Population aged 65 and over
Persons aged 65 years and over accounted for 13.5% of the Victorian population in 2005, similar to 2004 when the proportion was 13.4%. The proportion of population aged 65 years and over in Victoria was very similar to the national level in both 2004 and 2005 (13.0% and 13.1% respectively).
Around 12.7% of Melbourne SD's population was aged 65 years and over. Regional Victoria recorded higher proportions of persons aged 65 years and over, with the highest proportions recorded in the SDs of Wimmera (19.3%), East Gippsland (17.8%), Western District and Gippsland (16.1% each).
In 2005, the LGAs with the highest proportions of persons aged 65 years and over were Queenscliffe (31.0%), Yarriambiack (23.3%) and Buloke (22.6%). In 2004, the LGAs with the highest proportions of persons aged 65 years and over were Queenscliffe (30.5%), Yarriambiack (22.8%), Bass Coast and Hindmarsh (both 22.3%).
The LGAs with the lowest proportions of persons aged 65 years and over in 2005 were Melton (4.7%), Wyndham (6.5%), Nillumbik (6.9%), Melbourne (7.1%) and Casey (7.5%). In 2004, the three LGAs with the lowest proportion of persons aged 65 years and over were also Melton, Wyndham and Nillumbik (4.7%, 4.5% and 6.6% respectively).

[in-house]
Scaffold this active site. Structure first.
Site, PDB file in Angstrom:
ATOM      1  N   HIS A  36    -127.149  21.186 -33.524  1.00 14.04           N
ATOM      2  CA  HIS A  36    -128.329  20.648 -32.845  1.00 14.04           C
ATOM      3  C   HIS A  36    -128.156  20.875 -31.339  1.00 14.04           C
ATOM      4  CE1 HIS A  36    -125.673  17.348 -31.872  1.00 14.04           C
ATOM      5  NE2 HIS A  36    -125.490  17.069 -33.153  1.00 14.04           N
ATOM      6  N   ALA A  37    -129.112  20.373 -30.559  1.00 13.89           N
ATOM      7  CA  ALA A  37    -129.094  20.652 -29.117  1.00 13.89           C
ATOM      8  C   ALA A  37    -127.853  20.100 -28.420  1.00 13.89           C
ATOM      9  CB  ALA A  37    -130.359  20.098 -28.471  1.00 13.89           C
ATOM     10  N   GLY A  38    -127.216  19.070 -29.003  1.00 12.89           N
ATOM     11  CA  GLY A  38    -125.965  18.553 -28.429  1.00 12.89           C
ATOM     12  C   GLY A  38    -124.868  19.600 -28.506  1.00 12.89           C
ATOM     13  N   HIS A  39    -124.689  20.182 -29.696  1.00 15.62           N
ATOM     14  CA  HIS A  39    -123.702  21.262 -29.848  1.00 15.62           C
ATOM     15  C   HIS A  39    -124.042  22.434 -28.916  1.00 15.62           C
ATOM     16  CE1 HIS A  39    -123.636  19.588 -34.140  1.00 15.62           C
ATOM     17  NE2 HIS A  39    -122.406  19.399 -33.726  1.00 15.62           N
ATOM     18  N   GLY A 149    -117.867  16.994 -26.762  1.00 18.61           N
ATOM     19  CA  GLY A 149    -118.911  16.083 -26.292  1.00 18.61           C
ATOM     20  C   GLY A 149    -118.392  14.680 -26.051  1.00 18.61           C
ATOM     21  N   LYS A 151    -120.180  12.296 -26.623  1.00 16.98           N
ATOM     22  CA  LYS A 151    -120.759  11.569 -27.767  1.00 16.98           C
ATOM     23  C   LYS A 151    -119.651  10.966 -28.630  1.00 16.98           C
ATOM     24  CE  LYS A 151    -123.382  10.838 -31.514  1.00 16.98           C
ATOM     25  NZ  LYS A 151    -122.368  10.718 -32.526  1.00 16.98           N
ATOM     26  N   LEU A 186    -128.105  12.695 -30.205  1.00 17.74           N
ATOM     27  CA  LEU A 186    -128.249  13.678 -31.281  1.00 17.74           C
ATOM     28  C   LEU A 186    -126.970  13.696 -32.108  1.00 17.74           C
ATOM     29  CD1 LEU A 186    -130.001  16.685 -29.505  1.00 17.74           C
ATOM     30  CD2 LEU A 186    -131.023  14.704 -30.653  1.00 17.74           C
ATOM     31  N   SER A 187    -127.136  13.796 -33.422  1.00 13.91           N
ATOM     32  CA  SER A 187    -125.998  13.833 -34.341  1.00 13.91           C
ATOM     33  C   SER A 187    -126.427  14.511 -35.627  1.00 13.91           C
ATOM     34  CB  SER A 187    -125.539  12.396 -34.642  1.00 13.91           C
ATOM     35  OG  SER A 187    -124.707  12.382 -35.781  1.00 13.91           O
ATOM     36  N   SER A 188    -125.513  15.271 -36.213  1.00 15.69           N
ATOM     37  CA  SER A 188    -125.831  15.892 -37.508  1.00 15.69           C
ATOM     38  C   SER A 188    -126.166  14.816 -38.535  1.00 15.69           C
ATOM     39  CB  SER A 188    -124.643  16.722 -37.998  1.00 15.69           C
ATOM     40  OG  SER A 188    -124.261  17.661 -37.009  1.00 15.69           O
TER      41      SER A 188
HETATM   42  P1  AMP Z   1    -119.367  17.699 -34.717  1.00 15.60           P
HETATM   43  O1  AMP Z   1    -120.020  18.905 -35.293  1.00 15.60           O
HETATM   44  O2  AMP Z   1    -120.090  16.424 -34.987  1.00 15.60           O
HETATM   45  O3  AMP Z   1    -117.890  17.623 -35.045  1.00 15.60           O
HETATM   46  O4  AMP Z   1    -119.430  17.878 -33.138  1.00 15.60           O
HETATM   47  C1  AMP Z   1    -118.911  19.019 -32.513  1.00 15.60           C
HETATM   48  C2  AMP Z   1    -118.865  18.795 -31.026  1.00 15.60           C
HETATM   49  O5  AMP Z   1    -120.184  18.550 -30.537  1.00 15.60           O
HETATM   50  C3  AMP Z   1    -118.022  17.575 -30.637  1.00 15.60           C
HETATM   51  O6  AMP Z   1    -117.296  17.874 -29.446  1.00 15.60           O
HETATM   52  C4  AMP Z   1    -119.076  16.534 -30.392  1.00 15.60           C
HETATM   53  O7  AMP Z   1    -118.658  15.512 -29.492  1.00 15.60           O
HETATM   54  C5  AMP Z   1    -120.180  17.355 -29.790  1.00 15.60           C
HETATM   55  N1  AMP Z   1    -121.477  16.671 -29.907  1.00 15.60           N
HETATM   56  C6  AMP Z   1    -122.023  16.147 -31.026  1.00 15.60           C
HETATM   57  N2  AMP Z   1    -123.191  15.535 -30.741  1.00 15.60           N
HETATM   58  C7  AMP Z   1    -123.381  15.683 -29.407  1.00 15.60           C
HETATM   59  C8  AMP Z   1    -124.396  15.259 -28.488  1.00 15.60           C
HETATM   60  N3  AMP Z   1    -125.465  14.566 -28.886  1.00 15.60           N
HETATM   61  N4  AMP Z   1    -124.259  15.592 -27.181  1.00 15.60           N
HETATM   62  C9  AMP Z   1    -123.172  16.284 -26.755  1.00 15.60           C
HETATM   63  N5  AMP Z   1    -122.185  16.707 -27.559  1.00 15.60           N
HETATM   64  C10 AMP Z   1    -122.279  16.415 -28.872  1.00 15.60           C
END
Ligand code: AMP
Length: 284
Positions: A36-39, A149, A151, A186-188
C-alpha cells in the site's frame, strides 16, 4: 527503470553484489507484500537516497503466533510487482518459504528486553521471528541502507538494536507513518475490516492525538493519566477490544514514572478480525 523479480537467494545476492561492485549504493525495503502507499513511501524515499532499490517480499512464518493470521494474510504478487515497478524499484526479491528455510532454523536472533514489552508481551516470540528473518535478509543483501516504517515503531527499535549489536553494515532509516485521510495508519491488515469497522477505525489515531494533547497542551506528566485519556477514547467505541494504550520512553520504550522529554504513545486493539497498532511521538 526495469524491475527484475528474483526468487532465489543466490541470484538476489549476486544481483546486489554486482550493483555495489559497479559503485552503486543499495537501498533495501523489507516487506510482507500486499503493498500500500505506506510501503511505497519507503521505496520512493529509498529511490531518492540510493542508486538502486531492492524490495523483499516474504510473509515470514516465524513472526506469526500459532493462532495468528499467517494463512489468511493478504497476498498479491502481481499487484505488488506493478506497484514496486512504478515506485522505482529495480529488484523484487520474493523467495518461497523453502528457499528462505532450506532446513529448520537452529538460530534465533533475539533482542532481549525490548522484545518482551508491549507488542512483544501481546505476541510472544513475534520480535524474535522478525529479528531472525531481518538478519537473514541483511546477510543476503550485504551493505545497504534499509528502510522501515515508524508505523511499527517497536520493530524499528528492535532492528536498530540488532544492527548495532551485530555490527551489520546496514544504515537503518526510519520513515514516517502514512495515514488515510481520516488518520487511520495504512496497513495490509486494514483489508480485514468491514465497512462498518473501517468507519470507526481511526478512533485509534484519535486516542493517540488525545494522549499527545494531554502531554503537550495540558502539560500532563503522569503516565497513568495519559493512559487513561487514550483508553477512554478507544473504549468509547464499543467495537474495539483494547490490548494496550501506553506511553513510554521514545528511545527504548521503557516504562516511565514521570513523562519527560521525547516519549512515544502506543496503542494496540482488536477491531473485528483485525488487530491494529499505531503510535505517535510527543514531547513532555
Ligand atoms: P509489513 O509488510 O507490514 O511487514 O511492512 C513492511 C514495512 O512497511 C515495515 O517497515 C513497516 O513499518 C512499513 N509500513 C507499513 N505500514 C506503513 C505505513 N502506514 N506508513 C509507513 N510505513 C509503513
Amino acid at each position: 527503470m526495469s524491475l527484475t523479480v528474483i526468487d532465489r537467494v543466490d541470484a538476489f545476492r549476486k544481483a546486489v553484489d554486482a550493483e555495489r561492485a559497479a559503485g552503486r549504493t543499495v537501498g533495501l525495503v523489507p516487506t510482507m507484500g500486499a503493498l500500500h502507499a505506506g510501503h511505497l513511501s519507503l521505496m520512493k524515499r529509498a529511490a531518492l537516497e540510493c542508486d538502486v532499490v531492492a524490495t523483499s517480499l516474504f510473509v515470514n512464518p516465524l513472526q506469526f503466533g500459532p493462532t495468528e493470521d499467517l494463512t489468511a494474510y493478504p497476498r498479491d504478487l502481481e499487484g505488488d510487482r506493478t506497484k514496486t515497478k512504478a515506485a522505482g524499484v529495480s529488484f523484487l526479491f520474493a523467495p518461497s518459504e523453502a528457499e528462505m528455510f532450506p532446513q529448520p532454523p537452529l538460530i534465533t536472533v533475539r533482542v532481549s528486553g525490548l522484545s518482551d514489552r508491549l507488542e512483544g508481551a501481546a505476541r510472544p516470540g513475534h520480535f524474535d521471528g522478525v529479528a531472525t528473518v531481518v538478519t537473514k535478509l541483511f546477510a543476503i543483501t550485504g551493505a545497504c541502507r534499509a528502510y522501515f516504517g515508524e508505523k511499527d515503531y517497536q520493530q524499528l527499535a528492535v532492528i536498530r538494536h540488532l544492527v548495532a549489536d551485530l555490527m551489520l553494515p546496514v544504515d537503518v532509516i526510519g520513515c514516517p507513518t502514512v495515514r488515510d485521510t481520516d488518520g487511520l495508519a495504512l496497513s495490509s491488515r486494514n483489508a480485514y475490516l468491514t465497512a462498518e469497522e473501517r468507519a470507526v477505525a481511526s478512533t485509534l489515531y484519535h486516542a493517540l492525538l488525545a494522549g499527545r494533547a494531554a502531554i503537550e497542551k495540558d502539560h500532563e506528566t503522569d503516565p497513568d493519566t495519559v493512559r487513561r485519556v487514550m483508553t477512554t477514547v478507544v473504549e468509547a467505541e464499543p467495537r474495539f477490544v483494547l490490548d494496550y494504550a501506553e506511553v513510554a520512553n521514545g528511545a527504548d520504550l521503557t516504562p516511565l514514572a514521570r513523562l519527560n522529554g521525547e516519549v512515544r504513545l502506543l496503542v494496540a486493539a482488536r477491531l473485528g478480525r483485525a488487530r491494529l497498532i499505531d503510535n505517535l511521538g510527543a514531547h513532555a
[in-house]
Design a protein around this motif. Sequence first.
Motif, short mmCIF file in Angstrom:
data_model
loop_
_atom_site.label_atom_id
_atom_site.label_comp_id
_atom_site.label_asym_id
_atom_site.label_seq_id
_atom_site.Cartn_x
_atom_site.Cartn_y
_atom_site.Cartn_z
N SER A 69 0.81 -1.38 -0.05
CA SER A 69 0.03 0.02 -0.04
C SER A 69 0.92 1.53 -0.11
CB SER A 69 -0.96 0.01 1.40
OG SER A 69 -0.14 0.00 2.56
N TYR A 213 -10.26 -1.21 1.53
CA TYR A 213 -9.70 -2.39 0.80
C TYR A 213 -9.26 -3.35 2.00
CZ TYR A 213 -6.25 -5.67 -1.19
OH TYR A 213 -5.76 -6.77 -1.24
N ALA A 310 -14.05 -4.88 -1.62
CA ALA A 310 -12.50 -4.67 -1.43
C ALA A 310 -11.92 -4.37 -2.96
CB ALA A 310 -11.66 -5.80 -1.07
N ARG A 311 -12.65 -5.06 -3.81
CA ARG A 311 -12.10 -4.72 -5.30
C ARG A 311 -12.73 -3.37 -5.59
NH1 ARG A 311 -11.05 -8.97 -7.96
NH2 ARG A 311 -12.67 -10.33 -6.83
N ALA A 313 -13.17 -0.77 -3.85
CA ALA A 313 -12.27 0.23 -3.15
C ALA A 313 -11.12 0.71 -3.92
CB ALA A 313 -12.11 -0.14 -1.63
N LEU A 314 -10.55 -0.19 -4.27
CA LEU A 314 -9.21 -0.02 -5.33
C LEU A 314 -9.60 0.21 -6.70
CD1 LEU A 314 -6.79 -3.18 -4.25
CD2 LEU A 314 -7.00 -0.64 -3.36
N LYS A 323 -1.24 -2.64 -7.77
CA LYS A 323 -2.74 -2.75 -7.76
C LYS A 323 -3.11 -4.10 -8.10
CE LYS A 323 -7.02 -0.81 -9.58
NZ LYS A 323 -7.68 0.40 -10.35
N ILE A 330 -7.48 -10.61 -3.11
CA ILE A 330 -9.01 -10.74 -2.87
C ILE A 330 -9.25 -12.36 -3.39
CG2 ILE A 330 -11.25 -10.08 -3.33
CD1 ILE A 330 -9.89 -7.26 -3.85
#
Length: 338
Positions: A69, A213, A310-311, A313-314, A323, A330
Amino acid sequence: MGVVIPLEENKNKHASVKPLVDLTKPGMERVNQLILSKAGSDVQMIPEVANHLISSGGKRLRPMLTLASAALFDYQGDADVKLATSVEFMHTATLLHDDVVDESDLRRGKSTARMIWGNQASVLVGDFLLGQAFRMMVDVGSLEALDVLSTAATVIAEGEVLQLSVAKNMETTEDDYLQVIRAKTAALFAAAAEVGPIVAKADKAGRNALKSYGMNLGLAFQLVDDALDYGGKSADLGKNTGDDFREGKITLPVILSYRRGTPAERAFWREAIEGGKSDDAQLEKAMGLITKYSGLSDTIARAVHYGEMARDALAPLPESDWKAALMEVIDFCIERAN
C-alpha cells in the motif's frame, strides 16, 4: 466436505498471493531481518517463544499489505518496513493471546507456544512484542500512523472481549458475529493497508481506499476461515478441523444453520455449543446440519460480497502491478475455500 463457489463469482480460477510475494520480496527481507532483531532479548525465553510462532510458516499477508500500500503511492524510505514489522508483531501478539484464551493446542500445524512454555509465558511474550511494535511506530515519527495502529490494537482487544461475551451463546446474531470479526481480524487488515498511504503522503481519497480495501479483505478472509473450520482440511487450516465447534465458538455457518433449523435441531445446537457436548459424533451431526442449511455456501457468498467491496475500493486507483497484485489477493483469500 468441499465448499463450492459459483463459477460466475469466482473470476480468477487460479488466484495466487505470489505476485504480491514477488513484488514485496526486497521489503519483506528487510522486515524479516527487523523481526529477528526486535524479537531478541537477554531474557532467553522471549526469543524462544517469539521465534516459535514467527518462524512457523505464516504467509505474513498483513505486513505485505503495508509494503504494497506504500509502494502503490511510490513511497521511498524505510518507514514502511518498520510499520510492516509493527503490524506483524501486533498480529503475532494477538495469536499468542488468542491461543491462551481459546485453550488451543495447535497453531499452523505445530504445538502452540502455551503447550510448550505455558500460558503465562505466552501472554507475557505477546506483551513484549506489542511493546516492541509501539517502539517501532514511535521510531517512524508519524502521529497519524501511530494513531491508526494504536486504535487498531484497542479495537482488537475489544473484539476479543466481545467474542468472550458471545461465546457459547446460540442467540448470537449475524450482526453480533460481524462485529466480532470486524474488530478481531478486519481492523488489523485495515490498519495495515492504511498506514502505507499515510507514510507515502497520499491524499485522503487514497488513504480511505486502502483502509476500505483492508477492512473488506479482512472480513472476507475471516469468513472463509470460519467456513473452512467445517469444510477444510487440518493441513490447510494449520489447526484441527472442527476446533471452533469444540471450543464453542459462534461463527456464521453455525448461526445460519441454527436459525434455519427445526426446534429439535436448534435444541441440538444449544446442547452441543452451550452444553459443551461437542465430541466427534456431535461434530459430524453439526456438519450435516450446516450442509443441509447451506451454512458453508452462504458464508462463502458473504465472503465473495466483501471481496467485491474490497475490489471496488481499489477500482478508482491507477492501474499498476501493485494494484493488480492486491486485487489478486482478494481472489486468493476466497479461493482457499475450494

The sex ratio is defined as the number of males per one hundred females. A sex ratio less than 100 indicates that there are fewer males than females in a population. The sex ratio for Victoria remained steady between 2004 and 2005 (97.4 and 97.5 males per 100 females respectively). As shown in figure 3, there were more males than females aged 0-29 years and more females than males aged 30 years and over. The lower sex ratio in the old age groups reflects the longer life expectancy of females.
SEX RATIO, Victoria - 2005
The highest sex ratio for 2004 and 2005 was recorded in the LGA of Pyrenees (109.7 males per 100 females in each year). In 2005, other LGAs which recorded a high sex ratio were West Wimmera (107.1), Loddon (105.7), Golden Plains (104.5), Buloke (103.9) and Melbourne (103.7).
The lowest sex ratio for 2004 and 2005 was recorded in Queenscliffe (87.9 and 87.7 males per 100 females respectively). Other LGAs that recorded a low sex ratio in 2005 were Bayside (91.7), Boroondara (92.0), Whitehorse (92.1) and Stonnington (93.4).